Tuesday, 22 April 2008

Are books getting longer?

One of the books I’ve been really enjoying over the last couple of months (the ones I’ve commissioned aside, of course) is Mark Penn’s fascinating Microtrends. Penn is an American pollster famous for coining the phrase ‘soccer mums’, a small but influential group of voters who could swing elections. In Microtrends, he describes dozens of these other groups that aren’t large enough to make headlines, but still plenty big enough to change things. One movement he notes in culture is that of the rise of the long attention span – that despite culture supposedly dumbing down, there are many of watching longer films, loving The Sopranos and The Wire, and not being put off by doorstep books. There’s a graph in the book, which shows how the length of the average book has risen over the past ten years, from just under 400 pages in 1995, to just under 500 pages in 2005.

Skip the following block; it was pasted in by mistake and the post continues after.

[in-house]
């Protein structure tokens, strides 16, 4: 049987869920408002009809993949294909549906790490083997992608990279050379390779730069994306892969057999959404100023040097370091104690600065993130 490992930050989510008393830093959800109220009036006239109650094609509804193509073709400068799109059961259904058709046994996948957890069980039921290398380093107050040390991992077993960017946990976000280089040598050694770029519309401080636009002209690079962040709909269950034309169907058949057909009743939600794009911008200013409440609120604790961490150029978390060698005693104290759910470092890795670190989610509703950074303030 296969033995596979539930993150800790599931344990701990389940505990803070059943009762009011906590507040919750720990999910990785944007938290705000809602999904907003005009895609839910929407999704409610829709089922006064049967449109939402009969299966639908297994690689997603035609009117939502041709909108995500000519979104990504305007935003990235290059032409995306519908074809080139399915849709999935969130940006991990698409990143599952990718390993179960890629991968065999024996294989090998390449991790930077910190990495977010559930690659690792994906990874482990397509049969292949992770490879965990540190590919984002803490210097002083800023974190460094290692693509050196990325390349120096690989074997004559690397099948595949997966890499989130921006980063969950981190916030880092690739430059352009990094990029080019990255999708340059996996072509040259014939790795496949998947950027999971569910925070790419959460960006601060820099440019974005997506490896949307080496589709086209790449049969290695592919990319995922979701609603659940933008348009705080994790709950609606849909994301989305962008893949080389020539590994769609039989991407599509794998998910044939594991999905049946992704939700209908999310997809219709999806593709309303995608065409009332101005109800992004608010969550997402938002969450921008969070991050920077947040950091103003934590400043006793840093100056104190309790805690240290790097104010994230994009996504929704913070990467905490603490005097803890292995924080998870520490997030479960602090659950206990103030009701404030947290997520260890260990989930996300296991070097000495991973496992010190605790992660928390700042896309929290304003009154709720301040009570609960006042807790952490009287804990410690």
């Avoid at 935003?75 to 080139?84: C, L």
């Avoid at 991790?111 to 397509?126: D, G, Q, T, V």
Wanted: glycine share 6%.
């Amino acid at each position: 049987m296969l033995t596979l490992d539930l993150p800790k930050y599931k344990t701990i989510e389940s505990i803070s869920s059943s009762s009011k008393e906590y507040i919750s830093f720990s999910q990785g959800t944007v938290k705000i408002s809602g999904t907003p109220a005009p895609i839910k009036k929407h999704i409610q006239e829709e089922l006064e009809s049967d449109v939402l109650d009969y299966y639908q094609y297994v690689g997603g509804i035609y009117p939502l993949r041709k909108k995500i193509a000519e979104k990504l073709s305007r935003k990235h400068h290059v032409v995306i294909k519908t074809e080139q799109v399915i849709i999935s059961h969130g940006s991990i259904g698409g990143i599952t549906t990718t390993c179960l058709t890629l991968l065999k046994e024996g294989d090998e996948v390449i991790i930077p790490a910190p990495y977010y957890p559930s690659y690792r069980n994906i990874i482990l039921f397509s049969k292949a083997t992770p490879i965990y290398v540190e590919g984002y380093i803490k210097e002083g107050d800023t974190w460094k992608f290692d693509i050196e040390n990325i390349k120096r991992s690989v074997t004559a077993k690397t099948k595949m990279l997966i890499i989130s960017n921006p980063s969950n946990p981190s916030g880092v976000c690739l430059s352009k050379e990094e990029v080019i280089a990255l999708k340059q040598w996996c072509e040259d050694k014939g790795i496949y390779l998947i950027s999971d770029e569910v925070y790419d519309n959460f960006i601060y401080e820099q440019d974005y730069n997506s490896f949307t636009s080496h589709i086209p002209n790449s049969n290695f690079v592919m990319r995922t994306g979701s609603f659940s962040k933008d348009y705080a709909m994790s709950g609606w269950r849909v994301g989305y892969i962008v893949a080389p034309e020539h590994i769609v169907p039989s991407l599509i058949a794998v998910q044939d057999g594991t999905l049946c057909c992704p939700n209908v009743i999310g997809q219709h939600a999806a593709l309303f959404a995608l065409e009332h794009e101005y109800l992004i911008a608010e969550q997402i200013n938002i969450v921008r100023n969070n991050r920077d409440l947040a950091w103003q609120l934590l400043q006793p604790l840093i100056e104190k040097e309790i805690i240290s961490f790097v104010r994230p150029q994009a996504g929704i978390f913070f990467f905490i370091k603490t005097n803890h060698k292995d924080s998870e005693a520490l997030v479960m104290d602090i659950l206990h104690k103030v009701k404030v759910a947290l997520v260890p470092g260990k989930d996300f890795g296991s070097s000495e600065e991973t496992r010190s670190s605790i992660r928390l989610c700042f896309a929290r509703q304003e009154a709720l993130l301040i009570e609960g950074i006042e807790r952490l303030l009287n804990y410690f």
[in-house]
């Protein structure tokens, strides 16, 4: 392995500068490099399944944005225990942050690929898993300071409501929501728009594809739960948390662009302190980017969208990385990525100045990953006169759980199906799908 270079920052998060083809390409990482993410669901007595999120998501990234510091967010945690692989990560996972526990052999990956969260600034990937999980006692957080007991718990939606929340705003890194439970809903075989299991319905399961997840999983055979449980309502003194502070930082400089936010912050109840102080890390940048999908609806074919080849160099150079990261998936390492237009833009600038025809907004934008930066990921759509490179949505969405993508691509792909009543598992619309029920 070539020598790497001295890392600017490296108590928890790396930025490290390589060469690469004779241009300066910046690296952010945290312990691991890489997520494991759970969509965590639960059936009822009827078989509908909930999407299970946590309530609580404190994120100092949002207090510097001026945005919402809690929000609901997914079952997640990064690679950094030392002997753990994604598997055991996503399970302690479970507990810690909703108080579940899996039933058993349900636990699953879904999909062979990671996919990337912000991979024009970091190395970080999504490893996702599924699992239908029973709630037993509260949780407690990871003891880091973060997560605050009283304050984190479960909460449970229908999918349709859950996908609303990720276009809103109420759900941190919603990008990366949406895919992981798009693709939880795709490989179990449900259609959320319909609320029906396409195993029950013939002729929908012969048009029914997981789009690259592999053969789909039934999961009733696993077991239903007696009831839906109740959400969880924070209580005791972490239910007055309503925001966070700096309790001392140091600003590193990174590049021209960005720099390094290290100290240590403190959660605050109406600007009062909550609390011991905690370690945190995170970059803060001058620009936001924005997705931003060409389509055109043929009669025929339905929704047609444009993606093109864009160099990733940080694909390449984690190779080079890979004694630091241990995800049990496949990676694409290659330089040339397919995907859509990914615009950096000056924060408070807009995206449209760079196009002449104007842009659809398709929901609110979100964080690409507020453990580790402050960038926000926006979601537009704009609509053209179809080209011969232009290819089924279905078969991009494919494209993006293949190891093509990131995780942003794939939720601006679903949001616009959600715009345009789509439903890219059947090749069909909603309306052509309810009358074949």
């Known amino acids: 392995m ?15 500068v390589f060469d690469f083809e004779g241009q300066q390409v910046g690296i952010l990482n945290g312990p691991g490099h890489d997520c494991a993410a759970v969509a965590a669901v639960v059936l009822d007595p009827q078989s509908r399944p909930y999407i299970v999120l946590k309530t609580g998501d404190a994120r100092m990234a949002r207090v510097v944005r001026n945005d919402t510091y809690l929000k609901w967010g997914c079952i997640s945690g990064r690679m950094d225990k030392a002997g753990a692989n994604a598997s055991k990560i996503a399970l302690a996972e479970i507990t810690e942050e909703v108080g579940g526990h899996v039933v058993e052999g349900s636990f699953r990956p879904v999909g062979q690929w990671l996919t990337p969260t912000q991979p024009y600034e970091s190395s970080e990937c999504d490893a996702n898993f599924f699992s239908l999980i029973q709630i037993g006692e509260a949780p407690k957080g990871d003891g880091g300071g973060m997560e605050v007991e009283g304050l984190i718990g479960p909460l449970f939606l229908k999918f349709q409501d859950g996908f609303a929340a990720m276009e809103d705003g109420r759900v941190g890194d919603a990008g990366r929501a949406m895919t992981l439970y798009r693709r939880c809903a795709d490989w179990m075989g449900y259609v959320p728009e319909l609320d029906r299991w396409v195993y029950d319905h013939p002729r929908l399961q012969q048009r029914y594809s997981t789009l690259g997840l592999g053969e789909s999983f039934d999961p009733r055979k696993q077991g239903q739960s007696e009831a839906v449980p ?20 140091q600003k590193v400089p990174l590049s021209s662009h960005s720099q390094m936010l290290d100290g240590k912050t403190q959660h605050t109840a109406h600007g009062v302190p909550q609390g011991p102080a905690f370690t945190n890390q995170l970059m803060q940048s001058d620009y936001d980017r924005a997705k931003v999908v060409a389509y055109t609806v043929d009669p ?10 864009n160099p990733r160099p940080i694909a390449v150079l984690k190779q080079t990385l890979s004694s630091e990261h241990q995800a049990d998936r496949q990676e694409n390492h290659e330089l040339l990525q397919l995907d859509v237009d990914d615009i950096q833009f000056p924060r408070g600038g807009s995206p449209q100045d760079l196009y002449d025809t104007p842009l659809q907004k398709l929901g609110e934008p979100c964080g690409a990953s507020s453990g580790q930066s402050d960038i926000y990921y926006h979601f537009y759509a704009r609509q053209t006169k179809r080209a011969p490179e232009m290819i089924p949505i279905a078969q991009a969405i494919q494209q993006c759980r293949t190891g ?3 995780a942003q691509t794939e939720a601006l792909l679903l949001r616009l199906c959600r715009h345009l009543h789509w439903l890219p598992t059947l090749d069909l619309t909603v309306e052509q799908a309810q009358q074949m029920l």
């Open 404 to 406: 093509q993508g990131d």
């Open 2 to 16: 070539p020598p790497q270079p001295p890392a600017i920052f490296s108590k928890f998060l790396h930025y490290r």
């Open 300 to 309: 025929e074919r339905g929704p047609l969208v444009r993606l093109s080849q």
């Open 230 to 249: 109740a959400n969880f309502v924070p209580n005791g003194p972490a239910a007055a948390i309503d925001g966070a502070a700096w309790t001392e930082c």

That might be a sign that people want stuff in more depth. But my first reaction as a publisher was to think, whatever happened to the art of editing?

No comments: